THREE aircrafts from the low-cost travel firm Ryanair had to make an emergency pit-stop in Valencia because they had reached their reserve fuel minimums.
They originally tried to land in Madrid, but summer storms overhead prevented this and forced them to divert to Manises airport.
Pilots had to send out an alert to the control towers as a matter of urgency to say they were on their way.
The Irish airline says it ‘neither confirms nor denies’ that the emergency landings were due to not having enough fuel available to make the planned journeys.
Ryanair, which has recently slashed numerous flights across Spain, locked horns with airline governing body AENA after refusing to use passenger tunnels between the terminal at El Altet (Alicante) and their crafts, saying it would ‘seriously harm’ the company’s ‘low-cost model’ as it would increase embarking and disembarking times and also staff costs.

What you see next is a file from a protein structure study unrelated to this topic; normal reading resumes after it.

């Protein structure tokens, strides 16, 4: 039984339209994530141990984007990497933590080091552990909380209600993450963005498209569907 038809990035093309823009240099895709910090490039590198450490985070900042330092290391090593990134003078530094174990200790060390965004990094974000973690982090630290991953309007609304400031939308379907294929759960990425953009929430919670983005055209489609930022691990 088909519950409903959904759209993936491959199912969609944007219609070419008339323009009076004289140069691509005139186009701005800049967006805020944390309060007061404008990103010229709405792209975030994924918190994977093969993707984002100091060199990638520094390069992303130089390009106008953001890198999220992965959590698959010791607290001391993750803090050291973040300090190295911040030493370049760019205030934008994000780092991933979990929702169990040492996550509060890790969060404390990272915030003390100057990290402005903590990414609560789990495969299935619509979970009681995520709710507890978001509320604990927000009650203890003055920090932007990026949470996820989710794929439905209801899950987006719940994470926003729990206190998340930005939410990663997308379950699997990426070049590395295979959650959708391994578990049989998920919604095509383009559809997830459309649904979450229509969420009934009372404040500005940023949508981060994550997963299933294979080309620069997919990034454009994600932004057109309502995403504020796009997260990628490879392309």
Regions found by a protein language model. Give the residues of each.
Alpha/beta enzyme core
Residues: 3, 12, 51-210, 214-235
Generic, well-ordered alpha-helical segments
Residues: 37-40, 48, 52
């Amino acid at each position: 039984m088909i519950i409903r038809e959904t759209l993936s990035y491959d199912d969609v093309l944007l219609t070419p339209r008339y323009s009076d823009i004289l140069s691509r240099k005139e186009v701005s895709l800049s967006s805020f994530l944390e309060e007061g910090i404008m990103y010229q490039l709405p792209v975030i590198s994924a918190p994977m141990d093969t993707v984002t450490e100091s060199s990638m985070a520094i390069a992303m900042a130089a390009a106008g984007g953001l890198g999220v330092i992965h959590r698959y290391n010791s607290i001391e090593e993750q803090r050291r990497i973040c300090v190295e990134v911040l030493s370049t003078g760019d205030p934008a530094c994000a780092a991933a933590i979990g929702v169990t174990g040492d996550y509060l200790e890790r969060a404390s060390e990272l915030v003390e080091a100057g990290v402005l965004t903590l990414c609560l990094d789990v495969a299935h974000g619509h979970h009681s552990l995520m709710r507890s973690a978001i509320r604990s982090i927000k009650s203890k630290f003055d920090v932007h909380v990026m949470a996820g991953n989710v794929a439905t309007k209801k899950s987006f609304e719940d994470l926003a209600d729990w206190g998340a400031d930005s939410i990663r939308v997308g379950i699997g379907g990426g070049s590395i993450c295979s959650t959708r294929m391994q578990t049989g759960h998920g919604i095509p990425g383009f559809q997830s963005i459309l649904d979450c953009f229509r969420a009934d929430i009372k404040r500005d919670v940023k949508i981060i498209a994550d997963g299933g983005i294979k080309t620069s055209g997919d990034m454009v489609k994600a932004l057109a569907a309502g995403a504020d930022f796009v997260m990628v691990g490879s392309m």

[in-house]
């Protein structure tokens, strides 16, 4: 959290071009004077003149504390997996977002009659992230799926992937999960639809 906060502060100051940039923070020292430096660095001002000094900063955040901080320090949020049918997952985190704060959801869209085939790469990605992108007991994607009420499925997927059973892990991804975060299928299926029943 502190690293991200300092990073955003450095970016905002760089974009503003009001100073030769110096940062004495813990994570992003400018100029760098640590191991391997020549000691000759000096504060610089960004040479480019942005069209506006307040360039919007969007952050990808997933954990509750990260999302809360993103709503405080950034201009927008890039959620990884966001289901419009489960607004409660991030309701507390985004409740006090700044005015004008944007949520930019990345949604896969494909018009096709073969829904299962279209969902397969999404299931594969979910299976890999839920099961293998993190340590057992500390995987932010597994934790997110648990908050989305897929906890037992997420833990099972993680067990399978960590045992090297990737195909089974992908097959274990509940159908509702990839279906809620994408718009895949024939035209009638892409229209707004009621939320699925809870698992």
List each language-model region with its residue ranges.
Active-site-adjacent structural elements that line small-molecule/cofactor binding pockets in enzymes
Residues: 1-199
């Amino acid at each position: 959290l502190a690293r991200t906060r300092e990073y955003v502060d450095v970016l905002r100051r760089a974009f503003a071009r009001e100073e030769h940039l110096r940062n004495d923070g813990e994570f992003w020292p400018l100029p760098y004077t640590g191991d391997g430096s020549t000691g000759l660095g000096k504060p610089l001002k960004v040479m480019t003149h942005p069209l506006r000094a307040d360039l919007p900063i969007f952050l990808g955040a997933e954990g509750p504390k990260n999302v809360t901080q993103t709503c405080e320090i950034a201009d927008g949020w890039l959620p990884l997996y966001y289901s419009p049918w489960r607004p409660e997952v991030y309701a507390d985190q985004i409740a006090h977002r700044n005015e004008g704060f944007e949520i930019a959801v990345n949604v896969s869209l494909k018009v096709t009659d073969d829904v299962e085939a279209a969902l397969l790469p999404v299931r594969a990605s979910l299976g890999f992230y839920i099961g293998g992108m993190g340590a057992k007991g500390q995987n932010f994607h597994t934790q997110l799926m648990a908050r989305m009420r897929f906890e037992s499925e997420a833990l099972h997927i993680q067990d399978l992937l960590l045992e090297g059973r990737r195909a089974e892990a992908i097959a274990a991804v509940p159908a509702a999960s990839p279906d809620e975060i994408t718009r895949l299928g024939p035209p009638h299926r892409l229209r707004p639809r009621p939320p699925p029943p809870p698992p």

The courts have upheld AENA’s case and said the tunnels must be used for safety reasons.
Michael O’Leary, Ryanair’s CEO, is known for his drastic cost-cutting measures, which in early 2010 led to his almost deciding to eliminate second pilots from the airline’s flights.
“The computer deals with everything, practically, and getting rid of co-pilots would save airlines a fortune,” O’Leary reportedly said.
But this unwise idea was immediately vetoed by all other airlines.